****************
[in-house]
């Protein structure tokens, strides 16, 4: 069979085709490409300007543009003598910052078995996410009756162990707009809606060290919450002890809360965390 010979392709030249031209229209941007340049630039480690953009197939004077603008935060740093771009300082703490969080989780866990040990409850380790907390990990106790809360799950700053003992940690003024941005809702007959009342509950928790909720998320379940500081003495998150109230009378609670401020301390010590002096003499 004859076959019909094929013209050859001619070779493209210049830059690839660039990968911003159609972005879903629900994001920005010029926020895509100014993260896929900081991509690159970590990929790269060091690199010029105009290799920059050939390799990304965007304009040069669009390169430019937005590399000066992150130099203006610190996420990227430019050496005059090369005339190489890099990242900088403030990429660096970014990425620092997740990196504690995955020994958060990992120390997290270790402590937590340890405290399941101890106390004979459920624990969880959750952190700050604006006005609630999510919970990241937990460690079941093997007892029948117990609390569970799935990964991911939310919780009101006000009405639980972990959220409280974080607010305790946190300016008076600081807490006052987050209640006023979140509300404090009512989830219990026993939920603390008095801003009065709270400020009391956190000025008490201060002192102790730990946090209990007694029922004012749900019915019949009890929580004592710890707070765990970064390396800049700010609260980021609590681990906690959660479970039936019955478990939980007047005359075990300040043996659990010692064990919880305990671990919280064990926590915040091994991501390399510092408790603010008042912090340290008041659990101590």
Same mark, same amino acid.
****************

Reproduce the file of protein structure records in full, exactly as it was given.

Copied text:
[in-house]
């Protein structure tokens, strides 16, 4: 069979085709490409300007543009003598910052078995996410009756162990707009809606060290919450002890809360965390 010979392709030249031209229209941007340049630039480690953009197939004077603008935060740093771009300082703490969080989780866990040990409850380790907390990990106790809360799950700053003992940690003024941005809702007959009342509950928790909720998320379940500081003495998150109230009378609670401020301390010590002096003499 004859076959019909094929013209050859001619070779493209210049830059690839660039990968911003159609972005879903629900994001920005010029926020895509100014993260896929900081991509690159970590990929790269060091690199010029105009290799920059050939390799990304965007304009040069669009390169430019937005590399000066992150130099203006610190996420990227430019050496005059090369005339190489890099990242900088403030990429660096970014990425620092997740990196504690995955020994958060990992120390997290270790402590937590340890405290399941101890106390004979459920624990969880959750952190700050604006006005609630999510919970990241937990460690079941093997007892029948117990609390569970799935990964991911939310919780009101006000009405639980972990959220409280974080607010305790946190300016008076600081807490006052987050209640006023979140509300404090009512989830219990026993939920603390008095801003009065709270400020009391956190000025008490201060002192102790730990946090209990007694029922004012749900019915019949009890929580004592710890707070765990970064390396800049700010609260980021609590681990906690959660479970039936019955478990939980007047005359075990300040043996659990010692064990919880305990671990919280064990926590915040091994991501390399510092408790603010008042912090340290008041659990101590």
Same mark, same amino acid.